Faced with the challenge of attracting and retaining people to live and work in outback Queensland, a husband and wife team have implemented changes to ensure new staff felt welcomed not only into their business, but the whole community.
Cunnamulla Bakery owners Nick and Kate Land have gone to great lengths to fill their team, helping willing workers with visas, buying and furnishing accommodation, ordering in traditional and cultural foods, and facilitating social connections to ensure migrants felt at home in the town.
"Recruiting staff has been our biggest program, that's why we've gone the way of helping people with visas and immigration," Mr Land said.
Mr Land said there was a big cultural difference in the meat and fruit and vegetables migrants could access in regional areas versus back home, so they add many of their favourites to their wholesale orders, including the popular snake bean.
"They get it a lot easier in the metropolitan areas due to the higher population, but a lot of the shops out here find it very hard to justify ordering it in due to the distance," he said.
"If you can get good staff, you look after them. That's what my motto has always been."
Cunnamulla Bakery employs six staff, including their current baker Fida from Malaysia.
Mr Land said she was a huge asset to their business, as well as her husband Eddie, who jumps in to help.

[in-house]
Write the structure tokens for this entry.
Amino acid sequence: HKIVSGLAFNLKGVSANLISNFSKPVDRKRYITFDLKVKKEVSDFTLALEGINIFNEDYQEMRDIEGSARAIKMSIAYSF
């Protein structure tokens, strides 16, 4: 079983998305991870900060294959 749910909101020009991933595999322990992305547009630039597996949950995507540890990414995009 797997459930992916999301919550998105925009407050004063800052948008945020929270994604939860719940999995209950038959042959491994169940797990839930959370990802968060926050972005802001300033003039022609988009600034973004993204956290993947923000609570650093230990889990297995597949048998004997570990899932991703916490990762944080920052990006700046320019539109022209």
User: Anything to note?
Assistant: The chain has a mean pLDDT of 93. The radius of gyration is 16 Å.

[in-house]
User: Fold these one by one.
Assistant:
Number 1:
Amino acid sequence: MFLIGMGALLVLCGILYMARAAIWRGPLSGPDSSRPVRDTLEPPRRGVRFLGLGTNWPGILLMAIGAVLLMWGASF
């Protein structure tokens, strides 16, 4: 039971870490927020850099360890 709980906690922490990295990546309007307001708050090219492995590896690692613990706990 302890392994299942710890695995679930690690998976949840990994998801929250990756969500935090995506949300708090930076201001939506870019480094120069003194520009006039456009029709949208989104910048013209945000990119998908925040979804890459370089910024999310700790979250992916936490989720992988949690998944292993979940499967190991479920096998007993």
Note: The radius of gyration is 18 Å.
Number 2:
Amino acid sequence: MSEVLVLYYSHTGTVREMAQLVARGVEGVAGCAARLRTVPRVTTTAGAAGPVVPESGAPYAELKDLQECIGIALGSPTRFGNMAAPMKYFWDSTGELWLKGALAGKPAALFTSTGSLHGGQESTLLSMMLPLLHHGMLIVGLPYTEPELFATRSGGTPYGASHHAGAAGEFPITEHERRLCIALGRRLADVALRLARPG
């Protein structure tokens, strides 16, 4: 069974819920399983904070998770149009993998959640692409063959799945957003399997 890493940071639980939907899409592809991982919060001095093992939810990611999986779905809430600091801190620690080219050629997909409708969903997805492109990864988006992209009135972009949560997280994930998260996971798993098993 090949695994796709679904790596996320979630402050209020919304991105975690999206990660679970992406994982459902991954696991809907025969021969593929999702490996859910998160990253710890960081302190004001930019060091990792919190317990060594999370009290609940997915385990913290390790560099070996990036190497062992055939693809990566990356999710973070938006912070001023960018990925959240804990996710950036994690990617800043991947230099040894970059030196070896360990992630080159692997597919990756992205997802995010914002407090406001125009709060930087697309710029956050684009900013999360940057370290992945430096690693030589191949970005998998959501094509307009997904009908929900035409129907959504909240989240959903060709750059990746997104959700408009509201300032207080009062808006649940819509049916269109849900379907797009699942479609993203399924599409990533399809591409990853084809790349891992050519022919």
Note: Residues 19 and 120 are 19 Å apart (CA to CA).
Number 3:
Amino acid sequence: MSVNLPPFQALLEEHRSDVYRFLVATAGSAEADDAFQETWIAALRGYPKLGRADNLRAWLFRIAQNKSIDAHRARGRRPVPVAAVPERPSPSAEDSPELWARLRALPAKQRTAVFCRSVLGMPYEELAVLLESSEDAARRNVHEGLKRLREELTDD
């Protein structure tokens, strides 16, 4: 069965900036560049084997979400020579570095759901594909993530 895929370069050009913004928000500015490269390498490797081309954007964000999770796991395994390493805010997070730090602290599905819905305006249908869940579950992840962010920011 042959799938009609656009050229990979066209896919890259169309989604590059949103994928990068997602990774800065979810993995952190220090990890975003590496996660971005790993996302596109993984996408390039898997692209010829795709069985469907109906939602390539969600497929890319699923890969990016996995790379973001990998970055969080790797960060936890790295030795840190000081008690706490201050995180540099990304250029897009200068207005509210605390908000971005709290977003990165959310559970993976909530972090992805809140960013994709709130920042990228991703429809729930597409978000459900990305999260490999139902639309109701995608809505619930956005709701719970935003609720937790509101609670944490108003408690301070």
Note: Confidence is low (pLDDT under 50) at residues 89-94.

"They are a bit hesitant to come out at first, but I've spoken to many of them and they're very happy living here now," he said.
"Different nationalities bring different ideas, different types of food. We enjoy having a multicultural team, we can sit down and talk about what products we're going to make and what we can do to improve variety."
However, Mr Land said more help was still needed to boost the area.
"Governments need to have a really good look at these rural areas because the skilled labour is just not there," Mr Land said.
"Instead of segregating them in the main cities, I think there needs to be more incentives for skilled migrants to work in rural areas when they arrive. A lot of these towns could sustain themselves a lot better than they are now.
"There are plenty of jobs available and businesses waiting to welcome them with open arms."
The Lands' hard work has paid off, winning them the Individual Award in the inaugural Welcoming Cities Awards for Change.
The awards are held in Canberra and celebrate leading practice and innovation in advancing welcoming and inclusive communities.
Paroo Shire Council CEO Cassie White said the couple deserved the recognition.
"It's fantastic to see Nick and Kate from the Cunnamulla Bakery be recognised for the hard work they have put into welcoming their workers into not only their business, but into the community."
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